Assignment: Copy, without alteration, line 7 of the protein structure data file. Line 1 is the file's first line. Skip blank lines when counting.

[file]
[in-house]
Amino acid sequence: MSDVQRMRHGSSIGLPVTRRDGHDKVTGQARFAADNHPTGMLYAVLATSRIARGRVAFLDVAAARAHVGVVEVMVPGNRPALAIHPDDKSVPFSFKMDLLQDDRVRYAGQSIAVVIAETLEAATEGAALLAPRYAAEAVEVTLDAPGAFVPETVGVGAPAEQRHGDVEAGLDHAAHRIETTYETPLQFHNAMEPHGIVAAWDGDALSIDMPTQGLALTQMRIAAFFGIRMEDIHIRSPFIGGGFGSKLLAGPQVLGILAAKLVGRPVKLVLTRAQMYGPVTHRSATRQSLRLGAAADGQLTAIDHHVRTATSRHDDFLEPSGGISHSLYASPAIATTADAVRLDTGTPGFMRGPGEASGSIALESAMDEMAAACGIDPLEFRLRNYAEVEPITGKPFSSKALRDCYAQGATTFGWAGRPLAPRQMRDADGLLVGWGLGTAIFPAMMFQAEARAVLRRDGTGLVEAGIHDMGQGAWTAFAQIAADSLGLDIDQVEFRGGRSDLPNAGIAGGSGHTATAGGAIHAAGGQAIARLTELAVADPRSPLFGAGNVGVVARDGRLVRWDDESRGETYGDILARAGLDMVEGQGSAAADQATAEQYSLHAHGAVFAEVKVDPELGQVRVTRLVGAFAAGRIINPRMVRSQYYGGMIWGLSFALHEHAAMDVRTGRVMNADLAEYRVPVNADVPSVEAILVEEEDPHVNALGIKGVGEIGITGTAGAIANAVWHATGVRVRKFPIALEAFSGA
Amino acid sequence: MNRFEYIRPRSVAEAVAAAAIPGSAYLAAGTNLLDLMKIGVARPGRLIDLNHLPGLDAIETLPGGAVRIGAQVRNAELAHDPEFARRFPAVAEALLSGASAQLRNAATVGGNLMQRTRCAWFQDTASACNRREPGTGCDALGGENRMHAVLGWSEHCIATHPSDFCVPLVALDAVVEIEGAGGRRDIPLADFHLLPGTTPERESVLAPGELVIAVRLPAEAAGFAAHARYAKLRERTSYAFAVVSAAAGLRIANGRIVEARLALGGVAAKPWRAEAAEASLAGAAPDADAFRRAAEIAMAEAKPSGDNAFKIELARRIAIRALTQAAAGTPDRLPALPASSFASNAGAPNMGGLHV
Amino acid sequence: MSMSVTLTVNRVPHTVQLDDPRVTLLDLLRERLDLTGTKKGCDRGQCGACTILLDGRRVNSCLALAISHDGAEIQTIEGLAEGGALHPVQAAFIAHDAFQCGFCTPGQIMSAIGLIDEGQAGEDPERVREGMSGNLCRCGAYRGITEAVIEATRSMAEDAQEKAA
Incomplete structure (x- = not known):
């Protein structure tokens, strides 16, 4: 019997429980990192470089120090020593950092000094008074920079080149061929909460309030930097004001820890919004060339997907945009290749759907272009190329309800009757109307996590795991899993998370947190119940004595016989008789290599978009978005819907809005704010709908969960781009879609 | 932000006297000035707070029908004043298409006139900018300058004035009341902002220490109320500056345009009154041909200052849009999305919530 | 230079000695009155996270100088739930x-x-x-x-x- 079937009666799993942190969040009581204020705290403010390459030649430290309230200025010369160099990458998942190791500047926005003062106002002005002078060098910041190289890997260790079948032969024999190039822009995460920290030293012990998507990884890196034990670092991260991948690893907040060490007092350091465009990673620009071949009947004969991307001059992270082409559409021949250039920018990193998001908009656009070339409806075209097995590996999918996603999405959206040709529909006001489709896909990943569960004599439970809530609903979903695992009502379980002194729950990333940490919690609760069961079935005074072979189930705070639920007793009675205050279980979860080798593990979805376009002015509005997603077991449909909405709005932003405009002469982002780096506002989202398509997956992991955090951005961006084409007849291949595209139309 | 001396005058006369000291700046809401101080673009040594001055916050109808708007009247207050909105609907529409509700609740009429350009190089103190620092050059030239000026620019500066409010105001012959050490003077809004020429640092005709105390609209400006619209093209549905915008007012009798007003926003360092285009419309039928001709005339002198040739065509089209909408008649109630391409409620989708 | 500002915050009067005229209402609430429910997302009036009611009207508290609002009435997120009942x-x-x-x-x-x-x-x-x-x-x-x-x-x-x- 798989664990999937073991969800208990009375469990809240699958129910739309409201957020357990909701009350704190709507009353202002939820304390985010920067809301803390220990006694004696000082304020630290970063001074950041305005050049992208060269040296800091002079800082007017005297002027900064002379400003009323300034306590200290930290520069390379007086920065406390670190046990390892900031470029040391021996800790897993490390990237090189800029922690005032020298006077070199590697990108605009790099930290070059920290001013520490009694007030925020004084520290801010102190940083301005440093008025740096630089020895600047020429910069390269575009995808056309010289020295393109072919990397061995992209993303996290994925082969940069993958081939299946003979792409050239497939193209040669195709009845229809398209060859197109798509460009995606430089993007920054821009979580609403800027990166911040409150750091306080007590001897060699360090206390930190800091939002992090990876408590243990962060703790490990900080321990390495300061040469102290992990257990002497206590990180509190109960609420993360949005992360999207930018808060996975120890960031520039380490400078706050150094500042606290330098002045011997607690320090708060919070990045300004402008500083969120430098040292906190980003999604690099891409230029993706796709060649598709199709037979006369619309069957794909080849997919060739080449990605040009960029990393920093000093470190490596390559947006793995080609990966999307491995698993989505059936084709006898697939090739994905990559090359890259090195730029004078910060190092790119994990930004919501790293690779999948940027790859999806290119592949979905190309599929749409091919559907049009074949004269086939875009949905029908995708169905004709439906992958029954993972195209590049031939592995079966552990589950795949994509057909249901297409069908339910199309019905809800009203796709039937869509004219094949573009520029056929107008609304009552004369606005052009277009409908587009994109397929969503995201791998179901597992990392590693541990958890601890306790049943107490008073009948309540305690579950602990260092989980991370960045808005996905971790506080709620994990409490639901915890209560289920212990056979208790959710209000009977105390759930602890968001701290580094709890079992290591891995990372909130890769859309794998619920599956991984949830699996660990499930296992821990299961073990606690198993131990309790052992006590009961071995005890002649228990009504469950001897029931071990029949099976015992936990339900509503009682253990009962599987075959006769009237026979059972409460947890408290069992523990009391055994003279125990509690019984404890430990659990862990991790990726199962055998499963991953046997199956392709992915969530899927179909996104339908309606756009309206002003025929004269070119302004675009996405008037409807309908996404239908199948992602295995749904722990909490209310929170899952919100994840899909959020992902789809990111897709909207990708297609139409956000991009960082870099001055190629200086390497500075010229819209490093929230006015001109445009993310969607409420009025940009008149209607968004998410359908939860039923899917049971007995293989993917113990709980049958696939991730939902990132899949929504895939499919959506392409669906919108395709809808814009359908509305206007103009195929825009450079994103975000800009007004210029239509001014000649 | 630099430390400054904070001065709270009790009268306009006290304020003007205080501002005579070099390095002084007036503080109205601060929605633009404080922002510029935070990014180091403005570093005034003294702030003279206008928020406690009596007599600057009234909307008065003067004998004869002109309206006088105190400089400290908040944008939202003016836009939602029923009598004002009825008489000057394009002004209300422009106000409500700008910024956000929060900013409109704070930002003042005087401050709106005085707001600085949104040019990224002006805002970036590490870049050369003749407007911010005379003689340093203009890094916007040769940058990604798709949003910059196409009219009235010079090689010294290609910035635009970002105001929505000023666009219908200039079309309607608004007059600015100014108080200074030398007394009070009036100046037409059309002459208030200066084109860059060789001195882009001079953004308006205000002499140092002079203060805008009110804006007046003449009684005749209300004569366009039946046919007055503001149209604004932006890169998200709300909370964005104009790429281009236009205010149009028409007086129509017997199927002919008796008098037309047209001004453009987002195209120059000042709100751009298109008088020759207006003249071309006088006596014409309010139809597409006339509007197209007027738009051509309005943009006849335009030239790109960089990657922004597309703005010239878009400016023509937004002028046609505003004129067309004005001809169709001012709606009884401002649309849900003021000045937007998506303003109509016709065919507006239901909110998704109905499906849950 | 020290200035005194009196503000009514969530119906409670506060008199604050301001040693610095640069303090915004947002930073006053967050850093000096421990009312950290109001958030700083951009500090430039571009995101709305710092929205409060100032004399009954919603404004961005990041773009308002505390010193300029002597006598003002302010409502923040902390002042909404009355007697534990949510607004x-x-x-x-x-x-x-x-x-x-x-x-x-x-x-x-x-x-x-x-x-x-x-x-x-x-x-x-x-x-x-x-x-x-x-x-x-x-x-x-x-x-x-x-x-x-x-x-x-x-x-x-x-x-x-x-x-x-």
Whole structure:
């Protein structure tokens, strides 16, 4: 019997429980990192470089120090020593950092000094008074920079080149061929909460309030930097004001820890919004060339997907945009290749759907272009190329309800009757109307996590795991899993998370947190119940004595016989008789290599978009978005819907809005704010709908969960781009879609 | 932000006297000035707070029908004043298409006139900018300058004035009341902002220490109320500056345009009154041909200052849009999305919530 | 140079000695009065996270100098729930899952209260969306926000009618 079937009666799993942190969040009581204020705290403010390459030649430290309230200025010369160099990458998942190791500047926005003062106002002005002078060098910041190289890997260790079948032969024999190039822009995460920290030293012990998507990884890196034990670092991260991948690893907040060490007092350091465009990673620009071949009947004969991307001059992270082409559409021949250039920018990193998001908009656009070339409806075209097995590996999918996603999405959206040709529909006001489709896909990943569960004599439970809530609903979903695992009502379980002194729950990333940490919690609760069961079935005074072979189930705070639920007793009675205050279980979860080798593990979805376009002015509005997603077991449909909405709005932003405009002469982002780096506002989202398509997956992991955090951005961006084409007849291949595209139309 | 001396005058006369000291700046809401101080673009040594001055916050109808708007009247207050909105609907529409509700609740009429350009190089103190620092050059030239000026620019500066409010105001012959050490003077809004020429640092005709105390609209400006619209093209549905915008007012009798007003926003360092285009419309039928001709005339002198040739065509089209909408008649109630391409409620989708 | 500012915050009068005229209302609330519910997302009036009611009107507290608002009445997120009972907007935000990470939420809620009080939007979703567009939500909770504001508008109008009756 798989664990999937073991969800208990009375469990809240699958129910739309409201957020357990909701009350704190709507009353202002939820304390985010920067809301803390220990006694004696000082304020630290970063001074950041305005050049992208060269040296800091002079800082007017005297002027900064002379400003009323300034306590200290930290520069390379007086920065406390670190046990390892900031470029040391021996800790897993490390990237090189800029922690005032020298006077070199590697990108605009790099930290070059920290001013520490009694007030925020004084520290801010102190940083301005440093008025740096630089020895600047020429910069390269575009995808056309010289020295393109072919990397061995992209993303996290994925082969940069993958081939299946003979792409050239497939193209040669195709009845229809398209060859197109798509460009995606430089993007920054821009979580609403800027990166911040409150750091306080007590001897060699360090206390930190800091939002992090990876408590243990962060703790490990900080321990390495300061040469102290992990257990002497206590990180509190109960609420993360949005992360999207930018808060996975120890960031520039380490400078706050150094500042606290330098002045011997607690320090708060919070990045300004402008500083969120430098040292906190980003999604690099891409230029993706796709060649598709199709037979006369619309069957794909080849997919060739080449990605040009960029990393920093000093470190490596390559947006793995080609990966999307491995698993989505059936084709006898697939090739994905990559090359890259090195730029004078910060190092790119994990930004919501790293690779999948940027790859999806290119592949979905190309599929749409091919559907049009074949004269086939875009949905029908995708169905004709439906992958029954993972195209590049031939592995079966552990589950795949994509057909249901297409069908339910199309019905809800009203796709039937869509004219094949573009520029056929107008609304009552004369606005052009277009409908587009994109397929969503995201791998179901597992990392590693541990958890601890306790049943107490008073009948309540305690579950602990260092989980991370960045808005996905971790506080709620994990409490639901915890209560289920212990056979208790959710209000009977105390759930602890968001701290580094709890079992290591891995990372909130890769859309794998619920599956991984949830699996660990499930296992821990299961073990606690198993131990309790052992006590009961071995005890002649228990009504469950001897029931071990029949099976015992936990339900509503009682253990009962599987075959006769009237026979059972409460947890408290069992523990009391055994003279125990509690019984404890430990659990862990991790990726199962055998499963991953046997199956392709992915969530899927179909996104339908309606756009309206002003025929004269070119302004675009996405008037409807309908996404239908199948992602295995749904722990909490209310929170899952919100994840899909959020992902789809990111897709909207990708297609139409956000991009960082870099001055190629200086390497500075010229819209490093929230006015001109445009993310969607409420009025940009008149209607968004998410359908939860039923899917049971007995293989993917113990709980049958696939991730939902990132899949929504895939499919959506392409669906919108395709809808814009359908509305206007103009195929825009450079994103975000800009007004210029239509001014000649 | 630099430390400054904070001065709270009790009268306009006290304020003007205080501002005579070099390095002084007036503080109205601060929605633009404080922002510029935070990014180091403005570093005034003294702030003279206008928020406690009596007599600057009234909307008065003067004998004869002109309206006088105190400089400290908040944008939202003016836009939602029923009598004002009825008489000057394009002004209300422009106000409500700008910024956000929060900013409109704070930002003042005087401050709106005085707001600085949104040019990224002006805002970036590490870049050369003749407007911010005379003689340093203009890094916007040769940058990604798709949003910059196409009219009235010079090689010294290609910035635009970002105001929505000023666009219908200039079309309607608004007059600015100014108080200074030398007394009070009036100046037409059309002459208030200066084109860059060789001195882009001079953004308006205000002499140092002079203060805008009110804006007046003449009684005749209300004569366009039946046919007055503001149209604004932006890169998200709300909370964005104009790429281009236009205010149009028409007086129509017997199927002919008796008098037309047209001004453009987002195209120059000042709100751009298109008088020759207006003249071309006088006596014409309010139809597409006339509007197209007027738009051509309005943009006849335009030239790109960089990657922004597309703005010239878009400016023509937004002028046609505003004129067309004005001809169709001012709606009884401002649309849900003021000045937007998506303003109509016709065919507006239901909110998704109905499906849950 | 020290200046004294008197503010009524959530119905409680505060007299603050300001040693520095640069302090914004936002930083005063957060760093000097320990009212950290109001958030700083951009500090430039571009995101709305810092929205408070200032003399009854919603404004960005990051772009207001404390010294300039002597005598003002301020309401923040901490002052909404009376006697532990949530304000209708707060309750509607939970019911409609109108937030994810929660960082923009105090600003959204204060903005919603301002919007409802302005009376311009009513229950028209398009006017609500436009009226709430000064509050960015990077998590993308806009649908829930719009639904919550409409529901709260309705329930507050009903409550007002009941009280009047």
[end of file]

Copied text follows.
Whole structure: